What you have for dinner can affect your skin while you sleep. According to Dr Graf, the primary source of lowered pH levels in the skin is caused by diet. At the cellular level, excess acidity (low pH) slows regeneration and prevents cells from protecting themselves against metabolic damage. This leads to a dull, ashy complexion and premature wrinkles.

“Acid build-up comes from foods you already think of as unhealthy,” says Dr Graf, “such as animal proteins and refined sugar. Alkalising foods are fruits, vegetables, nuts and seeds.” 
Dr Graf says your dinner plate should contain three-quarters alkalising foods to one-quarter acid-producing foods.

Night is also the best time to fade pigmentation caused by the sun or hormonal imbalances. Ingredients such as hydroquinone, kojic acid and licorice extract help to fade spots and freckles but make the skin more sensitive to the sun. Clinique Even Better Skin Tone Corrector and MD Skincare Hydra-Pure Radiance Renewal Serum contain ingredients such as ascorbyl glucoside (a form of vitamin C) and salicylic acid to lighten pigmentation.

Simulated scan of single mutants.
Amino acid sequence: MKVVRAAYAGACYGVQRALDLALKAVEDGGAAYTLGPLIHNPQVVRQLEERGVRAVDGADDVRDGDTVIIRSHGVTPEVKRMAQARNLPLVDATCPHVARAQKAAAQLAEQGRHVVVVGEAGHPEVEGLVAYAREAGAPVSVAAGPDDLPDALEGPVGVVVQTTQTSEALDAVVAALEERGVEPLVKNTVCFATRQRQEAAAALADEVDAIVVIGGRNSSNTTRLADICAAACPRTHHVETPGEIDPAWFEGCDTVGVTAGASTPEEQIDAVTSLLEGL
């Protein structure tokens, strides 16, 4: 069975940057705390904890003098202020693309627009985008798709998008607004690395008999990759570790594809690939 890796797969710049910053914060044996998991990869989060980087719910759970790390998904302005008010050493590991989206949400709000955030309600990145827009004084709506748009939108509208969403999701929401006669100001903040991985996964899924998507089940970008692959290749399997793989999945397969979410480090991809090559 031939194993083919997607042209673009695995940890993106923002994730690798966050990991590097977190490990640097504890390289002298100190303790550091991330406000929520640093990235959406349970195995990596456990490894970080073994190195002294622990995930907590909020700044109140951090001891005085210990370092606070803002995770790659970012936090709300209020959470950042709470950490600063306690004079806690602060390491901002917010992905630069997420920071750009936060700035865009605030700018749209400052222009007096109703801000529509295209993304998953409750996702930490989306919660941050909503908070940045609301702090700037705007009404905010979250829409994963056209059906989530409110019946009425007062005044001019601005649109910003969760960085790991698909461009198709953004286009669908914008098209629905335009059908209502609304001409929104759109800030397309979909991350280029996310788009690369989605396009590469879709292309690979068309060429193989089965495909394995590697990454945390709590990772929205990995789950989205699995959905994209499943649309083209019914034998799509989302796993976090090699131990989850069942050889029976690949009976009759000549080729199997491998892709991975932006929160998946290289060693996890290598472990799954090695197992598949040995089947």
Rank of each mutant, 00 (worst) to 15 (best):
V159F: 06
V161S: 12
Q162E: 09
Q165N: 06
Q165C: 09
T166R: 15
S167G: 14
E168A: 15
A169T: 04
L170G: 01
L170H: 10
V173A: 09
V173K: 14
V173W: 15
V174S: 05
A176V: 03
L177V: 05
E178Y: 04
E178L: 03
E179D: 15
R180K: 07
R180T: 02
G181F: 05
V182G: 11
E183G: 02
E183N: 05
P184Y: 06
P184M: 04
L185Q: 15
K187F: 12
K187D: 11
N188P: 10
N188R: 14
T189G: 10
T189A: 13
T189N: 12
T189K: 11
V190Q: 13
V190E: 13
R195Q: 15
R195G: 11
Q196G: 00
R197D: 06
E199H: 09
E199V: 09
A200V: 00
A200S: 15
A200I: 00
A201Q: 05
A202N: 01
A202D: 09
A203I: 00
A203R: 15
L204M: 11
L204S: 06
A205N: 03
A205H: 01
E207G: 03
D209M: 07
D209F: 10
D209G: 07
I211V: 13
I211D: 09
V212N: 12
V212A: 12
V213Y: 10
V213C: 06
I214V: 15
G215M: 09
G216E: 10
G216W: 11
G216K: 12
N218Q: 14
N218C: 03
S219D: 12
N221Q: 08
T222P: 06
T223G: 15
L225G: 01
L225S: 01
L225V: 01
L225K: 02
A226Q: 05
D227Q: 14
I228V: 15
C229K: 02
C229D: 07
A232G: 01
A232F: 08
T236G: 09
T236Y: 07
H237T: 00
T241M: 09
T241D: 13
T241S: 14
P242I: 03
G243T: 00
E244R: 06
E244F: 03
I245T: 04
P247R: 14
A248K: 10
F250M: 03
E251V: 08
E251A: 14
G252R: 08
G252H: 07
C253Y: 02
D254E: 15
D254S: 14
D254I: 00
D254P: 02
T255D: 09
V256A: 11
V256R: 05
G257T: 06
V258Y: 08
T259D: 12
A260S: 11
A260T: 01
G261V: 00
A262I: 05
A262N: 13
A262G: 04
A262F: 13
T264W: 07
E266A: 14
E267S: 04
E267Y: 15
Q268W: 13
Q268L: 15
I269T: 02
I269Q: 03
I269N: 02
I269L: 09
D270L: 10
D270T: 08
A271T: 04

The main enemy of fresh, radiant skin is simply poor sleep. According to research by Elizabeth Arden, more than 60 per cent of women experience problematic sleep, which compromises the skin’s ability to repair itself, leading to fine lines, uneven skin tone and dull, dry, tired-looking skin. The company has formulated Prevage Anti-aging 
Night Cream to aid the process, using idebenone, the latest star player in the anti-ageing battle. (Dermatologists love this new antioxidant because it appears to work.)